Huyen Tran and his brake leverage devices (from
Copyright 2001, Blake Lambert ( All rights reserved.

A close-up picture (from
Copyright 2001, Dan Smith (?) of the Washington Area Roadskaters ( All rights reserved.
Posted below, with Huyen Tran's permission, are excerpts from
private e-mail I exchanged with him about his brake leverage device
implementation. He skates on (very) low-profile Miller 2121 extended
4-wheel racing frames in Philadelphia, Pennsylvania, U.S.A.

Uwe Brockmann

From: Huyen Tran
To: Uwe Brockmann,
Date: 2001-05-21

Here's a brief positive initial report:

I built a brake leverage device for my right brake
following your instructions. 
I went on a city skate yesterday to test the unit, mostly on level
ground. Even with the National Skate Patrol directing traffic, there
were a lot of red lights where I needed to stop rapidly. The device
worked very well. I could apply much more power while braking, so my
stops were shorter and my shin muscles didn't get tired. Initially I had
to fumble to find the handle while skating, but soon I could reach for
it without looking. The two half hitches and overhand knot that I used
to tie the upper elastic cord to the pull cord without ring came undone
once, then the pull cord and handle drooped down and I had to stop
skating to retie it. 

Over all, my braking and comfort have improved with one brake leverage
device. When I have the second brake and leverage device, I will try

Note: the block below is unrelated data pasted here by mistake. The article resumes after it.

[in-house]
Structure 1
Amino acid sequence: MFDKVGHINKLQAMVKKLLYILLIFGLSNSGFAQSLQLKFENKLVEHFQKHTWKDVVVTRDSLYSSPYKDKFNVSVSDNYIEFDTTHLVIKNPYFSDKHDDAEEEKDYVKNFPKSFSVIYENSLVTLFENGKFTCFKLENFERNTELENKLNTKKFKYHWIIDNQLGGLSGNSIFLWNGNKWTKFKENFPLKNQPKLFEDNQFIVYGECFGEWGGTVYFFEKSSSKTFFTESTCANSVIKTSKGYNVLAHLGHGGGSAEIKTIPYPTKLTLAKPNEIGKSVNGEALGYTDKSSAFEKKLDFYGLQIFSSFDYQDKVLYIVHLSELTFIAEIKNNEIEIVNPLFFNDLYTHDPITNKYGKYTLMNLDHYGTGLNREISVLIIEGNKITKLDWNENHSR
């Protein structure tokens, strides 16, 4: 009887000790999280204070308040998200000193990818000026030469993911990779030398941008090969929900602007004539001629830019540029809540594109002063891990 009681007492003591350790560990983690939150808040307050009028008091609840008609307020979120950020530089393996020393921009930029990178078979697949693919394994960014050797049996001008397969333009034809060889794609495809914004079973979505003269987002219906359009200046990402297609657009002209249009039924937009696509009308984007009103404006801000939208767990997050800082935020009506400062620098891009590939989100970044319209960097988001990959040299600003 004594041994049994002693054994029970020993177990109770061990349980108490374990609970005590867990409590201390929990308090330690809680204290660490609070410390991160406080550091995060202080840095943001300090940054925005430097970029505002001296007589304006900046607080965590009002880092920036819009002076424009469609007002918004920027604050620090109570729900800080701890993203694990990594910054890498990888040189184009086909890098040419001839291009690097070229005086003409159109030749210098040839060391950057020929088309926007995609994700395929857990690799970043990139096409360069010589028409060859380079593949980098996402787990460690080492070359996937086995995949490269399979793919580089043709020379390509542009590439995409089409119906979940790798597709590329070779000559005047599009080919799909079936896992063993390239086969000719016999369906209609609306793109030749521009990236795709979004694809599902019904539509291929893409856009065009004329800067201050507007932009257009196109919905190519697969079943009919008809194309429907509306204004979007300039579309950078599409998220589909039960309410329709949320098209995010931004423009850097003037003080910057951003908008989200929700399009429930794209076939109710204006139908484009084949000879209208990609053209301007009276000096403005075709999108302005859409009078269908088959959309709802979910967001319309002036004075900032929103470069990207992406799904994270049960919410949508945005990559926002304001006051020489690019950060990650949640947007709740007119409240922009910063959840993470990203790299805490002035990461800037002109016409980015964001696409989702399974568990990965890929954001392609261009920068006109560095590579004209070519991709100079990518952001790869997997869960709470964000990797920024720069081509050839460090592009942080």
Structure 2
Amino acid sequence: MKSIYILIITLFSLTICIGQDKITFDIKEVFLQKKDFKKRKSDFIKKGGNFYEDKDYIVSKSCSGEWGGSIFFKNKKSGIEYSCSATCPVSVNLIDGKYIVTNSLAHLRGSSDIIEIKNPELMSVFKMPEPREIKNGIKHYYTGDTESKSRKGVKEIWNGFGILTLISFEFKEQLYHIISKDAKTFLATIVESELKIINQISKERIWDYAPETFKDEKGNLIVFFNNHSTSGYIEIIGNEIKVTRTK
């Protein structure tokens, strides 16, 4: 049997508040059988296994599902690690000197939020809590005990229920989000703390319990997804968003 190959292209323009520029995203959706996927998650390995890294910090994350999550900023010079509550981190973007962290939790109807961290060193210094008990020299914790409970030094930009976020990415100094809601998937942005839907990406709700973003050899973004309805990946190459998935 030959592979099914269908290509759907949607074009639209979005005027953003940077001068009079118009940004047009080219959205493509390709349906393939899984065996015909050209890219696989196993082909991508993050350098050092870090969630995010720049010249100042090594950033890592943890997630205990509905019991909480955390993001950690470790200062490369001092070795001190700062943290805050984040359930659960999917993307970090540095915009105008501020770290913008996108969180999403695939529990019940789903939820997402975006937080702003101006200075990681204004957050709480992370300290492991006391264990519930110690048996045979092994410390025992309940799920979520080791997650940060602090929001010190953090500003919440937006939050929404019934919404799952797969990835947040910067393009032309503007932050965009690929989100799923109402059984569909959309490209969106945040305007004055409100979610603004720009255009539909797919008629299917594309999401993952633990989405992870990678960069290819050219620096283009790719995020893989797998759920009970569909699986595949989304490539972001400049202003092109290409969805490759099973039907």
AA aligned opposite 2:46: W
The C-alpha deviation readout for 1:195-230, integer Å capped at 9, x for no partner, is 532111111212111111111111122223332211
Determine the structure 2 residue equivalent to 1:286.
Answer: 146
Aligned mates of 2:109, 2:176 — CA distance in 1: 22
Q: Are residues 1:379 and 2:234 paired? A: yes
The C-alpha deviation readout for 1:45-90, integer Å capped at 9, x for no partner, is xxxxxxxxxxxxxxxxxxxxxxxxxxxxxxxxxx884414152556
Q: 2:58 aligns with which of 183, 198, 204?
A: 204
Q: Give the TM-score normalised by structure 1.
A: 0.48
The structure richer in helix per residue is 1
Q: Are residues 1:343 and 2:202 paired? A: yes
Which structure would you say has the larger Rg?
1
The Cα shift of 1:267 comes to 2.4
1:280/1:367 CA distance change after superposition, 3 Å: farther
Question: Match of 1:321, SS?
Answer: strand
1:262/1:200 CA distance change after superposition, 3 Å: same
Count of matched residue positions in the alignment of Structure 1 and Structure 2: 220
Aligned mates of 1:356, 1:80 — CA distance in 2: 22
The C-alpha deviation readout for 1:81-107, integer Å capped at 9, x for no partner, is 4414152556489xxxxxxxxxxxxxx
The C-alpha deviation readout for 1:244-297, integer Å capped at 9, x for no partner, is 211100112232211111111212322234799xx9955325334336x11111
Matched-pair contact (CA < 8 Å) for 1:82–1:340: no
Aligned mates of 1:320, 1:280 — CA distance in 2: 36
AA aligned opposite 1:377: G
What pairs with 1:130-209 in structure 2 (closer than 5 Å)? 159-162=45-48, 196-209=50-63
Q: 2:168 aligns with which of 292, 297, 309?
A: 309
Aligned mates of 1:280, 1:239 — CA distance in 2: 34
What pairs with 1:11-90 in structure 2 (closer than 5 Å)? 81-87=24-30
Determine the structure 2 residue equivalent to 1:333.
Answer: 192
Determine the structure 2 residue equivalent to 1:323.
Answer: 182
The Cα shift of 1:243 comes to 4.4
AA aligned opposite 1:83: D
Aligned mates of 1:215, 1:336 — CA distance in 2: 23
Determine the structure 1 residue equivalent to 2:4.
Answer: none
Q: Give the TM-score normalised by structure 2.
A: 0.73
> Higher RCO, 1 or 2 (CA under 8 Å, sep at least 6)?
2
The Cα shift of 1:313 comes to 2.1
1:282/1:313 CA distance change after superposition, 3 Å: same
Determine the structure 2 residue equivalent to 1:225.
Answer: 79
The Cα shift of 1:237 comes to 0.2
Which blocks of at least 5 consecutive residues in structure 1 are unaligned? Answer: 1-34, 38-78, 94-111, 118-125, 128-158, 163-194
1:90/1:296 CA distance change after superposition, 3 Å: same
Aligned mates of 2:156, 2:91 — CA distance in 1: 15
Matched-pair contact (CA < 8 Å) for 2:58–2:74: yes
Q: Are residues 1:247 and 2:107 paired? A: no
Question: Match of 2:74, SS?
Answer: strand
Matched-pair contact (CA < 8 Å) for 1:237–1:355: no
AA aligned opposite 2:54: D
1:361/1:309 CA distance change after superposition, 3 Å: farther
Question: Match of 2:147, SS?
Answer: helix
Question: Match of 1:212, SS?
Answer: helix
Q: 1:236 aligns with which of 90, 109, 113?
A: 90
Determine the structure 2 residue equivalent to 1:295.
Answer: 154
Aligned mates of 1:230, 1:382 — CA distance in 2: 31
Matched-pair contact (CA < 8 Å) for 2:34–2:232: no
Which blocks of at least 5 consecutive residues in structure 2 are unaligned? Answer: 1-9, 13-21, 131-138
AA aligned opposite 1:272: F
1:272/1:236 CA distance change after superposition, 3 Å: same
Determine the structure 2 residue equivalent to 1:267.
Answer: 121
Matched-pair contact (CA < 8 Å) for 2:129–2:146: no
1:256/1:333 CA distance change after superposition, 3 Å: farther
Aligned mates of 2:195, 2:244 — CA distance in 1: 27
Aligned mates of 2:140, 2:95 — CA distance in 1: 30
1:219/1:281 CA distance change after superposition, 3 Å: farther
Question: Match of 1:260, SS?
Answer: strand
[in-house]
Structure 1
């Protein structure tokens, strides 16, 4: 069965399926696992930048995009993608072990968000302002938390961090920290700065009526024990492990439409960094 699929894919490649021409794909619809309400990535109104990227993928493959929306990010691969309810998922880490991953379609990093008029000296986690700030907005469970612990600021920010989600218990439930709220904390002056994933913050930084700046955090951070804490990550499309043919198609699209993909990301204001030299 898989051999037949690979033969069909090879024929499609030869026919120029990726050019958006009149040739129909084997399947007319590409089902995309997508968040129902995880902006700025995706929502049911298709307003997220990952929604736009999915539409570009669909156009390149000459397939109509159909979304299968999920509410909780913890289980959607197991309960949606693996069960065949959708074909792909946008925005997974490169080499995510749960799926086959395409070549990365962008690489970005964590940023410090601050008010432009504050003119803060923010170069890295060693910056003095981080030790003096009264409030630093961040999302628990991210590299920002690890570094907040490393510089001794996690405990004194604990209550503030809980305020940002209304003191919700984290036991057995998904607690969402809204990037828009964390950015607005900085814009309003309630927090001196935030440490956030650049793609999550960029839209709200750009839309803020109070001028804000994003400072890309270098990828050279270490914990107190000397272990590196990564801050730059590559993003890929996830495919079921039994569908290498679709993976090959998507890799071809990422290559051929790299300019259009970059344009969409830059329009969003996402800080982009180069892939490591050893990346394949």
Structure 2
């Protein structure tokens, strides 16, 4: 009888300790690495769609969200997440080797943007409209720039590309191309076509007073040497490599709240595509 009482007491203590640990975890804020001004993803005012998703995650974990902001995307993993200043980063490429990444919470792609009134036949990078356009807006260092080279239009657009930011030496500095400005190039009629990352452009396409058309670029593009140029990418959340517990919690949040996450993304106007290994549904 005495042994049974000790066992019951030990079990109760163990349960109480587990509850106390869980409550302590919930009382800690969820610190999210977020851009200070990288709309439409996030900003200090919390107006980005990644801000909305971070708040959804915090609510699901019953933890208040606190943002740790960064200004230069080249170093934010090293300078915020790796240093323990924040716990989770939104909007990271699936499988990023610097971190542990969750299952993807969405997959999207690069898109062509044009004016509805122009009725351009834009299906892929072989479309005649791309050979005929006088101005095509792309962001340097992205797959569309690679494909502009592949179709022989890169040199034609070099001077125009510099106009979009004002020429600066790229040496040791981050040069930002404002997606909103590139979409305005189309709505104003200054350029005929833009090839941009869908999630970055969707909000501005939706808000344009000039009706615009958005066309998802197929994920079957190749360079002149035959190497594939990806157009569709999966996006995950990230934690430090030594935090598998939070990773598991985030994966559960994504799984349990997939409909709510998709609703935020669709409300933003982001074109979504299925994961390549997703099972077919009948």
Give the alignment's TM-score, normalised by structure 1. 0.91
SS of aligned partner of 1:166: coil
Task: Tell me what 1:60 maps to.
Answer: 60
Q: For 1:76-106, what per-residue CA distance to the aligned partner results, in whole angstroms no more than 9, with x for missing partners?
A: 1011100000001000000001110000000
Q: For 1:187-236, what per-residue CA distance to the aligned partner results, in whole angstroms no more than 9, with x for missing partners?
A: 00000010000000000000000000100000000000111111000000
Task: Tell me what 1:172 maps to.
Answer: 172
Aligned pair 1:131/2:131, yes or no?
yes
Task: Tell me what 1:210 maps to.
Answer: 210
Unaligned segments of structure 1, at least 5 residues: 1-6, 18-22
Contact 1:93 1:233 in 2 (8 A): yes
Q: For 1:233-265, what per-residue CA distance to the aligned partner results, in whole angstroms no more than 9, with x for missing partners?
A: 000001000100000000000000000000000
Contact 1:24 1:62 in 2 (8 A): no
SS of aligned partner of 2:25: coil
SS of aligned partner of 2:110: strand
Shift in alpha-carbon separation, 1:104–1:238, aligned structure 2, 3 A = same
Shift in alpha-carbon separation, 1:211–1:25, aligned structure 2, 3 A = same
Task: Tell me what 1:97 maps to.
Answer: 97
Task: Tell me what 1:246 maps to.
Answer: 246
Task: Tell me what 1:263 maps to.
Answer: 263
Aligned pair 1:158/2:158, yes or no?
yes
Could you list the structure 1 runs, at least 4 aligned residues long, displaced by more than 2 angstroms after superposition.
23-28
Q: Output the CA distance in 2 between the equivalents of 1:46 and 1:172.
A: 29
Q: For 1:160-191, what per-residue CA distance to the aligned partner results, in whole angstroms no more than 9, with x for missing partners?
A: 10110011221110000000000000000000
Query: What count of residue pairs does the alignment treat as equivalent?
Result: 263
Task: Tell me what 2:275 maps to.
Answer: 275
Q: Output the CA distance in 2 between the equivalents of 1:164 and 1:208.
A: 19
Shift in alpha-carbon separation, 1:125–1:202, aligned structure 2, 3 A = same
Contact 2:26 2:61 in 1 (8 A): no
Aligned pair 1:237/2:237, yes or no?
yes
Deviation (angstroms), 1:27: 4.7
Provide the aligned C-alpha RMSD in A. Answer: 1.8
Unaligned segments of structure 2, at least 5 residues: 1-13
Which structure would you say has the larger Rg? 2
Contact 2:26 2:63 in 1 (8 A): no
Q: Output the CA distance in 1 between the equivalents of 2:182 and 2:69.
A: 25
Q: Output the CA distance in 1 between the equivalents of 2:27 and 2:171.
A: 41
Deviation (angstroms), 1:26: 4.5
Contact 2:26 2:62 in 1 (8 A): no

some steep hills and send you a report. I will also send you further
details on how I adapted your construction technique.
From: Huyen Tran
To: Uwe Brockmann,
Date: 2001-05-22

I was afraid of drilling holes in my frames, so I tied the pull cord to
the front of the frame, about 2 1/2" behind the front-most axle. This
may not be possible on other boot/frame combinations or positions. My
front mount on my boot is bolted to the rear-most of the two
front-mounting-holes on my 2121 frame, so I have the front-most
front-mounting-hole of my frame open and I was able to thread the pull
cord through this hole and attach it here. This is about 3/4" behind
where I would have drilled a hole, so I will lose a little leverage in
comparison to drilling. But it's 7 1/2" in front of the rear boot
mounting hole, so there is probably adequate leverage. The cord
attachment to the frame is also 1/2" higher than it would be with
drilling, I don't know if that makes a significant difference. Whether
or not it's optimal, I get better, more comfortable braking when
compared to braking without a brake leverage device, without holes in
the frames. I don't know if a frame with extra holes changes its skating
characteristics noticeably. Plus I'm not a very good driller...

I wear step-in knee pads, so I attached the upper elastic cords to the
lower velcro strap of the knee pad instead using 1 1/4" wide elastic

Per your suggestion, I did not use metal rings. The elastic cords shift
around on the pull cord, I'm not sure if that's OK or bad yet. I have
not yet decided if I should make a knot (maybe 21 The Harness Loop) on
the pull cord to fix where the elastic cord attaches, or if the set-up
works acceptably without any more tweaking. Any change means a lot of